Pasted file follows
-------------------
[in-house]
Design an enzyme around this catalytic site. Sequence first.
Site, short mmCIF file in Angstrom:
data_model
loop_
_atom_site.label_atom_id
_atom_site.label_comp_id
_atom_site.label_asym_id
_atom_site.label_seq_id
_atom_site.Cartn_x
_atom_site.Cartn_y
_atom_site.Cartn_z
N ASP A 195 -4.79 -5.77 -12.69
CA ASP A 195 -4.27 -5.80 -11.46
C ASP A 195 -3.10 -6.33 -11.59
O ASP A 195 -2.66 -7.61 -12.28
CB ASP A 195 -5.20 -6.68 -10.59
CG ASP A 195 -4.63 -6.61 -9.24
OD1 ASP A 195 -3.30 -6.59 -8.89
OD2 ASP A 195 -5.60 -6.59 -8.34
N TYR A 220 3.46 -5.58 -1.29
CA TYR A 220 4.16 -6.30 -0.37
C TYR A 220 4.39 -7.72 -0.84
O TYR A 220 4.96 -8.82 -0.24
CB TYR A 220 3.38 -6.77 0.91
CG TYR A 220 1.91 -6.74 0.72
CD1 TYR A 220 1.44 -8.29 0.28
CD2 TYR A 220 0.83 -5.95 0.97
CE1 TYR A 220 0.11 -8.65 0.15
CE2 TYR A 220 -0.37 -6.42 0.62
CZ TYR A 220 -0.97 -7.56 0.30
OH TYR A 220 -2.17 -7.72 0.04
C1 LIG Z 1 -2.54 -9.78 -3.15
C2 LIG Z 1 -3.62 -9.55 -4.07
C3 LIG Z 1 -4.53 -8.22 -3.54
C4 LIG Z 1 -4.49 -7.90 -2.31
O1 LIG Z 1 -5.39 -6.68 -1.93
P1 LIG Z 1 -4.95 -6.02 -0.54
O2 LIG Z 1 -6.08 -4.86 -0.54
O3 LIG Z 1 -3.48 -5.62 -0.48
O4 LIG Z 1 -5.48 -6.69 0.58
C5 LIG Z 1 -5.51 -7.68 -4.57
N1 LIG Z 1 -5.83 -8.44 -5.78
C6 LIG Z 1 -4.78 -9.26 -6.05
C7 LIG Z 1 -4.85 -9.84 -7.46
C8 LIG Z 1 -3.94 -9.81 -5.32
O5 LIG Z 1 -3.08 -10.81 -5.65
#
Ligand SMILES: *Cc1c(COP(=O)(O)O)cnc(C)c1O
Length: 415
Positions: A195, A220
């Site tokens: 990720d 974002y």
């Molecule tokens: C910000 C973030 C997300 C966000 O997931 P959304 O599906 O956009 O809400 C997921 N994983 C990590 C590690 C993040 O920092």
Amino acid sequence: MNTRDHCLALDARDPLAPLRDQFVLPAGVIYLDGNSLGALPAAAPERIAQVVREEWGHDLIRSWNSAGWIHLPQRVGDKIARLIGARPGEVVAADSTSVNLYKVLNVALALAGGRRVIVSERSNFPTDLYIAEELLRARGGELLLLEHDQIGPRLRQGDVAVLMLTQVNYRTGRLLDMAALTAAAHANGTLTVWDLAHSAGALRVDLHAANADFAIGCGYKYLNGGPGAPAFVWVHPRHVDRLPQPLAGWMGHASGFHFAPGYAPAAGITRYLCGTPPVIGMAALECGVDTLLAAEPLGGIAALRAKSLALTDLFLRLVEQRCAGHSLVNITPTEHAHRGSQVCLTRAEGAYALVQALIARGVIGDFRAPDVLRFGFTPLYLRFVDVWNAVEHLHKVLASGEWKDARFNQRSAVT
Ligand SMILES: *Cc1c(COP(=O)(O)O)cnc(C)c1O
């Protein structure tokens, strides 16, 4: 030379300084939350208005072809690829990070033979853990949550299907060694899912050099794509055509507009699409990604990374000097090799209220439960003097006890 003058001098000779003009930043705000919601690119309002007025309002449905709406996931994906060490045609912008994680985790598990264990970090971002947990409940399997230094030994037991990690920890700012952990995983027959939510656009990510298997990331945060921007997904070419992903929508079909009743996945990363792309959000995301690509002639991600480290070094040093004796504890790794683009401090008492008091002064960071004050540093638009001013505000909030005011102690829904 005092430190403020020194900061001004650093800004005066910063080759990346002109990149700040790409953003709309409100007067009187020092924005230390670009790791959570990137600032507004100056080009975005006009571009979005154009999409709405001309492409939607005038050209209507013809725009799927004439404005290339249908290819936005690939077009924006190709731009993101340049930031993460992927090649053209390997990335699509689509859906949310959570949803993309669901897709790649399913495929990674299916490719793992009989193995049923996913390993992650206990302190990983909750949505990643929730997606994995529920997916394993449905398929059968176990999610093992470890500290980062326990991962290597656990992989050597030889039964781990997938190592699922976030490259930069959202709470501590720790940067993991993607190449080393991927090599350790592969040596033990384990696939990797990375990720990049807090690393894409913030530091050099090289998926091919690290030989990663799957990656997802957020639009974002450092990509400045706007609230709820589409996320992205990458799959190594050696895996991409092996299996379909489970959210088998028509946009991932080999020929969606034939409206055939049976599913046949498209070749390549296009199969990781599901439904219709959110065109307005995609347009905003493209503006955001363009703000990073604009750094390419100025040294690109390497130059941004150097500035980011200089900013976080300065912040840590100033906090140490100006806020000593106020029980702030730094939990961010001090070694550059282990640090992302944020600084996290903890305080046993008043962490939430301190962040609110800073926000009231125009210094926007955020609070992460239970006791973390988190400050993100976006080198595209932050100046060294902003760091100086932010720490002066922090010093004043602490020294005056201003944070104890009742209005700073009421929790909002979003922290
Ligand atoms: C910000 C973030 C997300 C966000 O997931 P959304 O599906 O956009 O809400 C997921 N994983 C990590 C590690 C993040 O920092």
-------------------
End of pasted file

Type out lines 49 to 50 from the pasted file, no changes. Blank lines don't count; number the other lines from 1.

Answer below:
Ligand SMILES: *Cc1c(COP(=O)(O)O)cnc(C)c1O
Length: 415